Sphingosine Toxicity in EAE and MS: Evidence for Ceramide Generation via Serine-Palmitoyltransferase Activation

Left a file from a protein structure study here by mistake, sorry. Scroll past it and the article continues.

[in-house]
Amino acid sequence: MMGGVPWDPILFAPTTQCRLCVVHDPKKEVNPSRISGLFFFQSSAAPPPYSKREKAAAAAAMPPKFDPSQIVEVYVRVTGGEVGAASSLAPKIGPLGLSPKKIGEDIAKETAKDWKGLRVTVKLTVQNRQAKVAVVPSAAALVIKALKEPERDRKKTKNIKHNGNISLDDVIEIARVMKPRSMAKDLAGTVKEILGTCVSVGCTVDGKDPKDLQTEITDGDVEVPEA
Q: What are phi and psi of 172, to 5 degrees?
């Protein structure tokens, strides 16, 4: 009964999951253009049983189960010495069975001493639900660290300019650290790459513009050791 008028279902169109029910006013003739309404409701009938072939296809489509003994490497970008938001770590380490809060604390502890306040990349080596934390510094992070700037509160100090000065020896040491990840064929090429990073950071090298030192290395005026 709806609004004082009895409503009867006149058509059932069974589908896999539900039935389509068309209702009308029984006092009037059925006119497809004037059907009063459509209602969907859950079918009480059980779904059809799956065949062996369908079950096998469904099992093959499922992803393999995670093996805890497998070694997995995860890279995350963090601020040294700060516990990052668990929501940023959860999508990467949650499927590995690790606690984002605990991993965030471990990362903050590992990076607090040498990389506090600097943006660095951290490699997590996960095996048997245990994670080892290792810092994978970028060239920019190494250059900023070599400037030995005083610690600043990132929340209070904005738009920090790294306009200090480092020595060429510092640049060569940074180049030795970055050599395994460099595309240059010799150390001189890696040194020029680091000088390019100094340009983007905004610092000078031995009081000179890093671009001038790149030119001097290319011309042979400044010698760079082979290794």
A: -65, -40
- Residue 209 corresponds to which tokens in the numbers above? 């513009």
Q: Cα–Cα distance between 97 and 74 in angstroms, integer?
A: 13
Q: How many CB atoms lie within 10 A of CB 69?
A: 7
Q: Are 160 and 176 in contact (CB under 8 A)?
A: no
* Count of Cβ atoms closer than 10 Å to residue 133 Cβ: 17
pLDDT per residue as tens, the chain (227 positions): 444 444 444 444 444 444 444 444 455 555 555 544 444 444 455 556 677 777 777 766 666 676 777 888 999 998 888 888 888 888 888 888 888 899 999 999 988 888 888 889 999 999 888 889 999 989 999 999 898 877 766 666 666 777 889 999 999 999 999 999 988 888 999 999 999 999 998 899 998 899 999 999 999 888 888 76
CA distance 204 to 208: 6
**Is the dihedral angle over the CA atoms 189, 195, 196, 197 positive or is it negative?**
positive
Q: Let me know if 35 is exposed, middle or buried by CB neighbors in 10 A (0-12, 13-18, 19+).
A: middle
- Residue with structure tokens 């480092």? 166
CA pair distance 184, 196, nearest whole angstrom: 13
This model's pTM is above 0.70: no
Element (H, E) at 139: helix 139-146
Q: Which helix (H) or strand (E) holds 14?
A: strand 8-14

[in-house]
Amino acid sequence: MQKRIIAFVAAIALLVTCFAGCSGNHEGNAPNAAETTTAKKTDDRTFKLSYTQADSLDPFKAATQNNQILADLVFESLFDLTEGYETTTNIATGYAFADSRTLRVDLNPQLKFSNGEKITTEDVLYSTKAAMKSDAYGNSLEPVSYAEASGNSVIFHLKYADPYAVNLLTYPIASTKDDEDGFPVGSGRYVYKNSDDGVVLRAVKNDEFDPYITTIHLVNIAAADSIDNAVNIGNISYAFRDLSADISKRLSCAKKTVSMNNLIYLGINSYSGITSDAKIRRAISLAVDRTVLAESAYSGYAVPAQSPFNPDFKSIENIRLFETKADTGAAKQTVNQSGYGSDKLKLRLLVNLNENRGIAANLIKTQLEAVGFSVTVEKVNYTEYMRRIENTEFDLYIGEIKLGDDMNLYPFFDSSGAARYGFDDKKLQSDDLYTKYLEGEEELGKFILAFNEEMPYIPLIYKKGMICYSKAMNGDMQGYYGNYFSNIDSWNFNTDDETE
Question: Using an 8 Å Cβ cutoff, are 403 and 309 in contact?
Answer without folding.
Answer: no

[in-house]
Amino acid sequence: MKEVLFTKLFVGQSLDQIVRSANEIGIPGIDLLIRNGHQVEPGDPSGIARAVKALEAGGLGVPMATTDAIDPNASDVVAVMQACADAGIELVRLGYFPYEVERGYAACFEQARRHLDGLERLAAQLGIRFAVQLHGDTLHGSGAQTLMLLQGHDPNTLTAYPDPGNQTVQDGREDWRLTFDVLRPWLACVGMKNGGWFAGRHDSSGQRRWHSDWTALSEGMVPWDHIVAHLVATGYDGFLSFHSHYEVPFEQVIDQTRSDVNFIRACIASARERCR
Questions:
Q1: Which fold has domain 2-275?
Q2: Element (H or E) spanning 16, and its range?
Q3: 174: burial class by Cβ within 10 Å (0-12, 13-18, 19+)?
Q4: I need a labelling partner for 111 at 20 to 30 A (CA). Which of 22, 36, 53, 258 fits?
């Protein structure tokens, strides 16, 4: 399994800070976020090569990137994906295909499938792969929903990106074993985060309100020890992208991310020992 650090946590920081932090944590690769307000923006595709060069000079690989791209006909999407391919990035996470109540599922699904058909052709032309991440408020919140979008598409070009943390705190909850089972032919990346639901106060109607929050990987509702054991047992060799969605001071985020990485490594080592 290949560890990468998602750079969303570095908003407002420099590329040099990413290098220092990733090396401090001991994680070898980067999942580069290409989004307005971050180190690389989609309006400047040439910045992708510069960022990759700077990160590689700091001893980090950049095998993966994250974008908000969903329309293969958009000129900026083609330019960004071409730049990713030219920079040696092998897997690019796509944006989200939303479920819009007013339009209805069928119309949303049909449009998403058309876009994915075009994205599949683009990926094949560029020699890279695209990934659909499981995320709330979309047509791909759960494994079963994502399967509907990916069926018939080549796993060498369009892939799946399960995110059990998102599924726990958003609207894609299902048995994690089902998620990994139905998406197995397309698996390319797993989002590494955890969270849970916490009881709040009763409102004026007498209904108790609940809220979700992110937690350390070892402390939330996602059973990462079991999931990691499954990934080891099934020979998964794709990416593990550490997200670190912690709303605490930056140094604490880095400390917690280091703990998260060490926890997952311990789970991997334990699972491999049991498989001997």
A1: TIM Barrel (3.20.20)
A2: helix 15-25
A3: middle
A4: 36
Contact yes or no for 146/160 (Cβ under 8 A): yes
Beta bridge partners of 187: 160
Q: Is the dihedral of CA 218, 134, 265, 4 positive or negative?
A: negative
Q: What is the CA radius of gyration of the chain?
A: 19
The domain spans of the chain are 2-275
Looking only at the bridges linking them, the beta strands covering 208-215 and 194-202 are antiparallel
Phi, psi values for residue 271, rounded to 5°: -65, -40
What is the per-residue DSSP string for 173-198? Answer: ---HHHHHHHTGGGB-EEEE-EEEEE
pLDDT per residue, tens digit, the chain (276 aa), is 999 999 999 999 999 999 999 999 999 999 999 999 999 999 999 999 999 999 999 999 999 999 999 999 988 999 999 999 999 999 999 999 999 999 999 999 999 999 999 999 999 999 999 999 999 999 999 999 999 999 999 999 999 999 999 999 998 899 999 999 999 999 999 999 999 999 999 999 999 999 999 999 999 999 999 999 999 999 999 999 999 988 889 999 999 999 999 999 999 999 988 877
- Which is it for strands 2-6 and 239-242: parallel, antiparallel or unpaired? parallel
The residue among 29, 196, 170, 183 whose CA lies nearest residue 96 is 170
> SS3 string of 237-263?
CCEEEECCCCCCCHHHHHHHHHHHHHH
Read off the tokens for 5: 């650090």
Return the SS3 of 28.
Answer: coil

Multiple sclerosis (MS) is a chronic autoimmune demyelinating disease of the CNS. Oligodendrocytes, the myelin-forming cells of the central nervous system (CNS), are target cells in MS. Although the etiology of MS is poorly known, new insights suggest oligodendrocyte apoptosis as one of the critical events followed by glial activation and infiltration of lymphocytes and macrophages. A major breakthrough in delineation of the mechanism of cell death, perivascular cuffing, and glial activation came from elucidation of the sphingolipid signal transduction pathway. The sphingolipid signal transduction pathway induces apoptosis, differentiation, proliferation, and growth arrest depending upon cell and receptor types, and downstream targets. Sphingomyelin, a major component of myelin membrane formed by mature oligodendrocytes, is abundant in the CNS and ceramide, its primary catabolic product released by activation of either neutral or acidic sphingomyelinase, serves as a potential lipid second messenger or mediator molecule modulating diverse cellular signaling pathways. Similarly, under certain conditions, sphingosine produced from ceramide by ceramidase is phosphorylated by sphingosine kinases to sphingosine-1 phosphate, another potent second messenger molecule. Both ceramide and sphingosine-1 phosphate regulate life and death of many cell types including brain cells and participate in pathogenic processes of MS. In this review, we have made an honest attempt to compile recent findings made by others and us relating to the role of sphingolipids in the disease process of MS.